* Tool cache in a rolling bin with an extended handle. Assorted handyman tools (thick gloves, tool belt, claw hammer, saw, rechargeable drill/driver, screwdrivers, Allen wrench set, socket wrench set, breakover handle, various types of pliers, level, crowbar, powder-actuated nailgun, etc.), supplies (WD-40, even more duct tape, sealant, axle grease, nails, assorted screws, nuts, and bolts, spare hoses, a few spare bulbs, etc.) useful for Repair checks when working on cars or basic carpentry, and a couple of items might work as makeshift weapons. For instance, the crowbar and hammer might be suitable as clubs if you wrap duct tape around the handle, or wear thick gloves. The nail gun would be a noisy, improvised weapon ... and I have stats for one around somewhere. (I reasoned that it would certainly have a penalty to hit as it's unwieldy, requires two hands to use, has laughable range, but if used in melee has a high AP rating. Oh yeah, and it sounds like a gun going off every time you use it. Not quite as cool as in the movies.)

Anyway, again, just for brainstorming purposes.
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Wibbs
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PostPosted: Fri Apr 27, 2012 3:10 pm    Post subject: Reply with quote

Wow, I don't know what to say - Thanks for all the great ideas Very Happy
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PostPosted: Mon Apr 30, 2012 5:50 pm    Post subject: Reply with quote

Session Summary

Hugo's player unfortunately had to cancel at the last minute, so he faded to the background for this session

Escaping the Base

The group started the session deep inside the raider base, having previous released a pen of zombies to keep the raiders busy. Caitlin immediately took the two surviving children to the safety of one of the Humvees. Victor, Dr. Miller and Donald, furious with what the raiders had done to Barbara, took the opportunity to cause some chaos, with effective use of a molotov cocktail and some accurate shooting. Meanwhile, Jim rigged one of the humvees they didn't need to run straight into the melee.

Overhead, the wind had started to pick up and a storm could be seen on the horizon approaching fast.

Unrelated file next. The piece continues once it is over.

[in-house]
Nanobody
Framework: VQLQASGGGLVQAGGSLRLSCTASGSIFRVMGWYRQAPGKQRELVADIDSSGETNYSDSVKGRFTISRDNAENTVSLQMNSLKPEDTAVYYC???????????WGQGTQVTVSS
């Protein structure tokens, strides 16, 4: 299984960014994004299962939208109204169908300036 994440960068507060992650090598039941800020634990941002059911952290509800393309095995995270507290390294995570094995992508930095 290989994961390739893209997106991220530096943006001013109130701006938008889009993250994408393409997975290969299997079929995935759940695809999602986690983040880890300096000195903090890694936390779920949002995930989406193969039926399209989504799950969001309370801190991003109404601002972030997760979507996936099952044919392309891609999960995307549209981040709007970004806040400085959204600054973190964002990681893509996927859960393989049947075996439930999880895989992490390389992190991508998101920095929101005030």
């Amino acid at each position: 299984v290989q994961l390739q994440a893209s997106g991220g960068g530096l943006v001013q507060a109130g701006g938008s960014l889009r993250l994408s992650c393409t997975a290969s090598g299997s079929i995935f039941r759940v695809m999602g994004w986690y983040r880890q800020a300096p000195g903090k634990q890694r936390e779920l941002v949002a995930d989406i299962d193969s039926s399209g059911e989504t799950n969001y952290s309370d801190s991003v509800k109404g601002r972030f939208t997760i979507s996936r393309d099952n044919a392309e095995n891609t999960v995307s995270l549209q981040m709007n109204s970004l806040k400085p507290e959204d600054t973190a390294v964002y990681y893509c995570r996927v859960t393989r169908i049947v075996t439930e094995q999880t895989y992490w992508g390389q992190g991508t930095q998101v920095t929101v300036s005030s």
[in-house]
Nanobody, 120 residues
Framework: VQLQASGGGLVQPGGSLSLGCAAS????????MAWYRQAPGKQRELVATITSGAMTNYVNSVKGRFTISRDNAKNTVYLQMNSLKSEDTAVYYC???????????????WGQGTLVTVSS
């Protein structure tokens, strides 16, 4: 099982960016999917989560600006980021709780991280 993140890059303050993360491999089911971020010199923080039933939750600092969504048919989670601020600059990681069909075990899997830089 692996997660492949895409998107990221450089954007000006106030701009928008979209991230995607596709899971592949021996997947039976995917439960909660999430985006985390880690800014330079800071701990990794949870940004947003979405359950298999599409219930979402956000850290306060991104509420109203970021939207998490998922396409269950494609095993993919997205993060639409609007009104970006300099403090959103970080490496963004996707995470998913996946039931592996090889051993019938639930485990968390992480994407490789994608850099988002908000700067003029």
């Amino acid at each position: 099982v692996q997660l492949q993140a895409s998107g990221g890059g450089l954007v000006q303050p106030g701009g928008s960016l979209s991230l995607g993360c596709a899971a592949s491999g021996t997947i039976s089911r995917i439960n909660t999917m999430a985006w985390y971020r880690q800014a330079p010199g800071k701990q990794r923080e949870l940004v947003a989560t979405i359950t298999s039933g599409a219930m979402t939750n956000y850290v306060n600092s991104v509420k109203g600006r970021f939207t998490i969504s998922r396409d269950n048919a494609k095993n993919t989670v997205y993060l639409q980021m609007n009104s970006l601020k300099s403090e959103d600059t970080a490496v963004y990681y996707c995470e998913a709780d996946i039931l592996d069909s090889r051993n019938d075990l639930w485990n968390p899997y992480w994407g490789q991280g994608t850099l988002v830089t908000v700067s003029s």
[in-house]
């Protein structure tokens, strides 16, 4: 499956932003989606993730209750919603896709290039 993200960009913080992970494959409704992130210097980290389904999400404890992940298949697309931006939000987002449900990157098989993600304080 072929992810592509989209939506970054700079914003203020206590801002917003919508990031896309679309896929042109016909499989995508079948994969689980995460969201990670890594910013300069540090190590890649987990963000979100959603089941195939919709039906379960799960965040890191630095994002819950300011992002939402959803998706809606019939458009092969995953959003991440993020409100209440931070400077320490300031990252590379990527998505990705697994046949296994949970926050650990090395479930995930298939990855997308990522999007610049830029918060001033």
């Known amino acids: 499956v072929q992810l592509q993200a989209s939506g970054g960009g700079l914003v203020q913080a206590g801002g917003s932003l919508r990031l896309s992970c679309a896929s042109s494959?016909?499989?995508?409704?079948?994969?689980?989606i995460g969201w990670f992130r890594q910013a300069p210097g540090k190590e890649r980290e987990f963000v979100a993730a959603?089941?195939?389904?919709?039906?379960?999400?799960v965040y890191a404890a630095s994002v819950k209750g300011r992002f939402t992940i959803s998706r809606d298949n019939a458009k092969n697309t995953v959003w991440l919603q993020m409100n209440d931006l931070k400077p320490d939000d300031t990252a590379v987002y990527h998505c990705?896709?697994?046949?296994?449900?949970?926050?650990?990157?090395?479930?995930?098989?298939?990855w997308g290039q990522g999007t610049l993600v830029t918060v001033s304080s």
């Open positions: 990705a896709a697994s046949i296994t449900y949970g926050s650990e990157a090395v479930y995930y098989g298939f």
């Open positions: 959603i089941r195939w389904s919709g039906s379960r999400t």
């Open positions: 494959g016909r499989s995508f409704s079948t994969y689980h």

The fun was interrupted by the appearance of an M1A1 Abrahams tank bearing down on their position, followed by attention from an increasing number of raiders on foot. As Caitlin was due to crash from the after-effects of the adrenaline shot given to her earlier, she took her seat as passenger in an armoured humvee along with the two children and Victor, and Donald driving. Jim took his pickup, with Dr. Miller and Michael Rhodes as passengers.

The 'turns' at this point were a little abstract, as I was trying to keep the whole thing moving quite fast. It was going to take them 3 turns to get to the security fence, assuming they went directly.

Successfully avoiding a number of tank shells, Donald made for the security fence with his armoured humvee, aiming to leave a neat hole for Jim to follow. Unfortunately he caught the fence at just the wrong angle, and failed to cause sufficient damage. Whilst he took the vehicle around for another attempt, Victor was dropped off to weaken the fence with some bolt cutters. The tank continued its poor attempts at shooting at the group, and the raiders on foot gradually closed distance, managing to hit Jim's pickup truck but not causing sufficient damage to do anything serious.

Donald's second attempt was more successful, but only just, because of the work Victor had done, and Victor was picked up by Jim on the way out of the base. On their way out they noted they were being chased by 3 armoured humvees and 2 military jeeps.

My rolling throughout this section of the session was absolutely appalling, and despite rolling large numbers of dice for the raiders shooting on foot I think I hit only twice. I rolled no higher than a 2 with the tank as well - so much for making it harder this week Laughing